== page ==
This raises questions. Maybe the accretion models that appear to yield a maximum limit on the masses of a giant planet's moons are invalid. More intriguingly, maybe high-mass moons can be acquired through other channels, accretion physics aside. For example, the moons of Mars, Deimos and Phobos, are thought to be asteroids captured by Mars long ago. It's quite conceivable that a very massive exoplanet could capture a mini-Neptune-sized neighbor in the turmoil that young planetary systems experience. Our own Solar System went through a period of chaos that rearranged the orbits of the outer giant planets.

I think the latter scenario is the most feasible one for you to invoke. Gravitational interactions are tricky and pretty perilous, but in the universe the size of ours, I'd be shocked if this didn't happen somewhere. Is it a likely outcome in any given planetary system? No. But is it possible? Definitely.

As for the mass of an exoplanet needed to harbor such a large moon -- I can't help you. I'd suspect that the more massive the better, since that would make gravitational capture more likely (and should make any moon systems it forms naturally more massive!). Opting for something like 10 Jupiter masses, near the upper end of the exoplanet mass spectrum, would be a smart idea. But I don't know enough to say anything definite.

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    $\begingroup$ Perhaps capture of a mini-Neptune rather than forming in situ is more reasonable? $\endgroup$
    – Jon Custer
    Commented Jan 24 at 2:44
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    $\begingroup$ @JonCuster Yeah, that's basically what my proposed second scenario is. $\endgroup$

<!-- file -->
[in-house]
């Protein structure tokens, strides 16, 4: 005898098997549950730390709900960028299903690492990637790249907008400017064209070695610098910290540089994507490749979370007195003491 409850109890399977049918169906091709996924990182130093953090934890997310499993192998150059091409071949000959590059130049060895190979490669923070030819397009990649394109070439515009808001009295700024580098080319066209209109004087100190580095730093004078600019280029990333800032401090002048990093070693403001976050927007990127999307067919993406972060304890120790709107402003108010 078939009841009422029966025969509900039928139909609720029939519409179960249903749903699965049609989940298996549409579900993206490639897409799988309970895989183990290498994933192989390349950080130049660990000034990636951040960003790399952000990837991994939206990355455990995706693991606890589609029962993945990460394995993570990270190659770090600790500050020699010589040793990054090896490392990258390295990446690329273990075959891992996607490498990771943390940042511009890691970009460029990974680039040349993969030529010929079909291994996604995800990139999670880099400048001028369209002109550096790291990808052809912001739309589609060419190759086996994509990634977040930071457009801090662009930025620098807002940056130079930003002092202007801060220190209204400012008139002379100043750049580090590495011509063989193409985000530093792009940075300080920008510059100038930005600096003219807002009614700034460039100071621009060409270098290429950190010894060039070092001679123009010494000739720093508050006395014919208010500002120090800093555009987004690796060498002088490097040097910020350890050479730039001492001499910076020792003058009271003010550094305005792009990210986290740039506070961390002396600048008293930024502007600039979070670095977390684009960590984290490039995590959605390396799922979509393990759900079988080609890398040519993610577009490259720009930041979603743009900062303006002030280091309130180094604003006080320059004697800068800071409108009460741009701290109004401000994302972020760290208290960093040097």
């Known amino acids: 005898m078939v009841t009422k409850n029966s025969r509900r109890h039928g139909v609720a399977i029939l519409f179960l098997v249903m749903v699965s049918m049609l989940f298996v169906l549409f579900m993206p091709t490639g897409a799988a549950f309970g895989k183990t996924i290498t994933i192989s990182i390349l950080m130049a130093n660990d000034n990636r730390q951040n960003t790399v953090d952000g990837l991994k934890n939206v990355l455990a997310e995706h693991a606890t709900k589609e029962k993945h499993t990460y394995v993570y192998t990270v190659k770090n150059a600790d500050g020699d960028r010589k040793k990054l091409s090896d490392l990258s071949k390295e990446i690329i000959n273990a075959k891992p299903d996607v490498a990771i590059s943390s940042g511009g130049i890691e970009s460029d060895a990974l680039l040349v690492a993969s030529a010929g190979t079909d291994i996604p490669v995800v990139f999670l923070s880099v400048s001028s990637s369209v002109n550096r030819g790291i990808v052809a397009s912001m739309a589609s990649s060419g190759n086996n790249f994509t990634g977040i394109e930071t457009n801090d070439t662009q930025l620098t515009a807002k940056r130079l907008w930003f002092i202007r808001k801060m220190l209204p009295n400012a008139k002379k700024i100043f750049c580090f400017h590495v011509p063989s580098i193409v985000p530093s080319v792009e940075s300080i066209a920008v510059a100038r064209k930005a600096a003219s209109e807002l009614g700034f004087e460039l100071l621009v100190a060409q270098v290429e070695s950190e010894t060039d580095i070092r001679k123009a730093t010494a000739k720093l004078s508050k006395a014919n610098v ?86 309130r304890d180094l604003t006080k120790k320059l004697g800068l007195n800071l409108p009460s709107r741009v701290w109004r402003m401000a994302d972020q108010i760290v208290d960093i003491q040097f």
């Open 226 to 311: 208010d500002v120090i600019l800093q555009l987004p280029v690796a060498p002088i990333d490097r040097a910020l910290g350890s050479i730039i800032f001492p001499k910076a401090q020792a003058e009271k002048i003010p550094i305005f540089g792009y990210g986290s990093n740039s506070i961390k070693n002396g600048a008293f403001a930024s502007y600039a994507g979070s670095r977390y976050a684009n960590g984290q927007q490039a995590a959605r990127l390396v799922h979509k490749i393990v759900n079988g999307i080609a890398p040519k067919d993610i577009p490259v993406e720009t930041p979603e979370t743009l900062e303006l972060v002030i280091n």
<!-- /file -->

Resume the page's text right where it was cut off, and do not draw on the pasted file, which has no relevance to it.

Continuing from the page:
– HDE 226868
    Commented Jan 24 at 3:06
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    $\begingroup$ Formation process similar to Earth's moon? An oblique collision between two gas giants in similar orbits, followed by something Neptune-sized condensing around a super-Jupiter? $\endgroup$
    – nigel222
    Commented Jan 24 at 10:17
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    $\begingroup$ @nigel222 My concern with that scenario is that gas drag from their atmospheres might prevent the remnants from forming a proper moon-planet system, and we'd instead wind up with a single object. But I don't really know enough to say that with certainty. $\endgroup$
    – HDE 226868
    Commented Jan 24 at 15:51
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    $\begingroup$ Regardless of how it happens, I suspect that rather than it being a moon, you'd end up with a double planet. $\endgroup$ Commented Jan 24 at 20:10